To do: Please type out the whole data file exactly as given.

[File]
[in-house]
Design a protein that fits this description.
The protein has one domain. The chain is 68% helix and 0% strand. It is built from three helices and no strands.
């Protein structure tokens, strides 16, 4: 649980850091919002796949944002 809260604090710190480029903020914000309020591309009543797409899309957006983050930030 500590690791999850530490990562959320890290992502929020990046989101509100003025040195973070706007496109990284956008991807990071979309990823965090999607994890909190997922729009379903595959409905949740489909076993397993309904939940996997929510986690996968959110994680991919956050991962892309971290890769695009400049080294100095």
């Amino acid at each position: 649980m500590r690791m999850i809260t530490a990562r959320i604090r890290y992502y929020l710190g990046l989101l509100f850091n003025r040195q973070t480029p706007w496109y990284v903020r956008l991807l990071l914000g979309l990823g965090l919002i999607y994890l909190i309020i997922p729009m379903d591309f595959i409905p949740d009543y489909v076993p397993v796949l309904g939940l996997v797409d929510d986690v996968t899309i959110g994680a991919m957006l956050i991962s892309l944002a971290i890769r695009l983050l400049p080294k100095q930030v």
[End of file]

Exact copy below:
[in-house]
Design a protein that fits this description.
The protein has one domain. The chain is 68% helix and 0% strand. It is built from three helices and no strands.
């Protein structure tokens, strides 16, 4: 649980850091919002796949944002 809260604090710190480029903020914000309020591309009543797409899309957006983050930030 500590690791999850530490990562959320890290992502929020990046989101509100003025040195973070706007496109990284956008991807990071979309990823965090999607994890909190997922729009379903595959409905949740489909076993397993309904939940996997929510986690996968959110994680991919956050991962892309971290890769695009400049080294100095």
């Amino acid at each position: 649980m500590r690791m999850i809260t530490a990562r959320i604090r890290y992502y929020l710190g990046l989101l509100f850091n003025r040195q973070t480029p706007w496109y990284v903020r956008l991807l990071l914000g979309l990823g965090l919002i999607y994890l909190i309020i997922p729009m379903d591309f595959i409905p949740d009543y489909v076993p397993v796949l309904g939940l996997v797409d929510d986690v996968t899309i959110g994680a991919m957006l956050i991962s892309l944002a971290i890769r695009l983050l400049p080294k100095q930030v």